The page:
Thoreau's Journal: 13-Sep-1852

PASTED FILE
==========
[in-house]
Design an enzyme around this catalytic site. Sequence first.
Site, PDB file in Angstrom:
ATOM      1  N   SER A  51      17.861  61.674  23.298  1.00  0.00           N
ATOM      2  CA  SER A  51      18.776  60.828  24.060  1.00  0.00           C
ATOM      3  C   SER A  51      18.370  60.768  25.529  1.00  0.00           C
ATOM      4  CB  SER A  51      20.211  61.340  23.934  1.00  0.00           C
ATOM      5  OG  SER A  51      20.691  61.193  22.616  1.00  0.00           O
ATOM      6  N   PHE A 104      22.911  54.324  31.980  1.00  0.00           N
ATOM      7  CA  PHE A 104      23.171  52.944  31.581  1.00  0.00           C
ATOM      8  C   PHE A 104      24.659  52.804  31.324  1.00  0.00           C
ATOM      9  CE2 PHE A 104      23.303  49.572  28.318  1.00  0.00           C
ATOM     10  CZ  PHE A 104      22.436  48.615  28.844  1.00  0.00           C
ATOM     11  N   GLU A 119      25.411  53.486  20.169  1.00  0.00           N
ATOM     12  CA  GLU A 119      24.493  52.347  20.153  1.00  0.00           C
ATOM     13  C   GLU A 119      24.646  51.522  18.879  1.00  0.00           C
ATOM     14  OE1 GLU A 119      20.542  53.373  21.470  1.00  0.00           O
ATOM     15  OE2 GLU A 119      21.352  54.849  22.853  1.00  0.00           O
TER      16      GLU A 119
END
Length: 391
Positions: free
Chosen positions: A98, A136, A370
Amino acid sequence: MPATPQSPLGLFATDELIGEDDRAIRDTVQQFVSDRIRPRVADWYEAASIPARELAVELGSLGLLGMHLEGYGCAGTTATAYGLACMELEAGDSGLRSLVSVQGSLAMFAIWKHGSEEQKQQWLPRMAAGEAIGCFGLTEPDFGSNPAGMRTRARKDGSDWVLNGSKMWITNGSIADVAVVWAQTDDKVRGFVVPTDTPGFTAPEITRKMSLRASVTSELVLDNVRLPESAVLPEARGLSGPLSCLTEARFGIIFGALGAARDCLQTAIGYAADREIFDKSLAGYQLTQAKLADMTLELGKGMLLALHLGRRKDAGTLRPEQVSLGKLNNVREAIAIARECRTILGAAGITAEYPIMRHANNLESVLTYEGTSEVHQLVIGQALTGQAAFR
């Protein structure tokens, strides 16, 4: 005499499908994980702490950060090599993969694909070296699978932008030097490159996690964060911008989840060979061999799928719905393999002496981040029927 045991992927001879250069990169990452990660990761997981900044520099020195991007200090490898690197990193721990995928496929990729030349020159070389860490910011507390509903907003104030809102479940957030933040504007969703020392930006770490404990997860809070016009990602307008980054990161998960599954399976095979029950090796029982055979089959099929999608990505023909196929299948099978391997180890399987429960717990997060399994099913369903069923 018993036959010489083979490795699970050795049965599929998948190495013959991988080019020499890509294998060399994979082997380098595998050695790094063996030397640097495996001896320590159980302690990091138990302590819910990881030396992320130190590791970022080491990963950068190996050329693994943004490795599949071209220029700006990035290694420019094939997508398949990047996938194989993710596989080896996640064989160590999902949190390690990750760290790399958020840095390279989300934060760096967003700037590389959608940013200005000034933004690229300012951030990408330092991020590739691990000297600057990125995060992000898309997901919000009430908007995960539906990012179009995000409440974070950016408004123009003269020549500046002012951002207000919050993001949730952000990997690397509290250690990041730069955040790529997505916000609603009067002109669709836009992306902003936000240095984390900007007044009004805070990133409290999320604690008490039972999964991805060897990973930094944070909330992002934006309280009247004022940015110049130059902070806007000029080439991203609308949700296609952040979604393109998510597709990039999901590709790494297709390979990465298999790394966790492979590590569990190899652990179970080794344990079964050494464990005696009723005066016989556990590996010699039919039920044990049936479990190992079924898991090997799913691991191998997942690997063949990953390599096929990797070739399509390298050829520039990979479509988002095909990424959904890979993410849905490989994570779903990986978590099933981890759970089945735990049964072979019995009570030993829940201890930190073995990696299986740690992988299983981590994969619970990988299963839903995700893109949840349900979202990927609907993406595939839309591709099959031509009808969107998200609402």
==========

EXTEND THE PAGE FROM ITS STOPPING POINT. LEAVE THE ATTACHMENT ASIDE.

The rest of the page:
How earnestly and rapidly each creature, each flower, is fulfilling its part while its day lasts! Nature never lost a day, nor a moment. As the planet in its orbit and around its axis, so do the seasons, so does time, revolve, with a rapidity inconceivable. In the moment, in the eon, well employed, time ever advances with this rapidity. To an idler the man employed is terribly rapid. He that is not behind his time is swift. The immortals are swift. Clear the track! The plant that waited a whole year, and then blossomed the instant it was ready and the earth was ready for it, without the conception of delay, was rapid. To the conscience of the idle man, the stillness of a placid September day sounds like the din and whirl of a factory. Only employment can still this din in the air.

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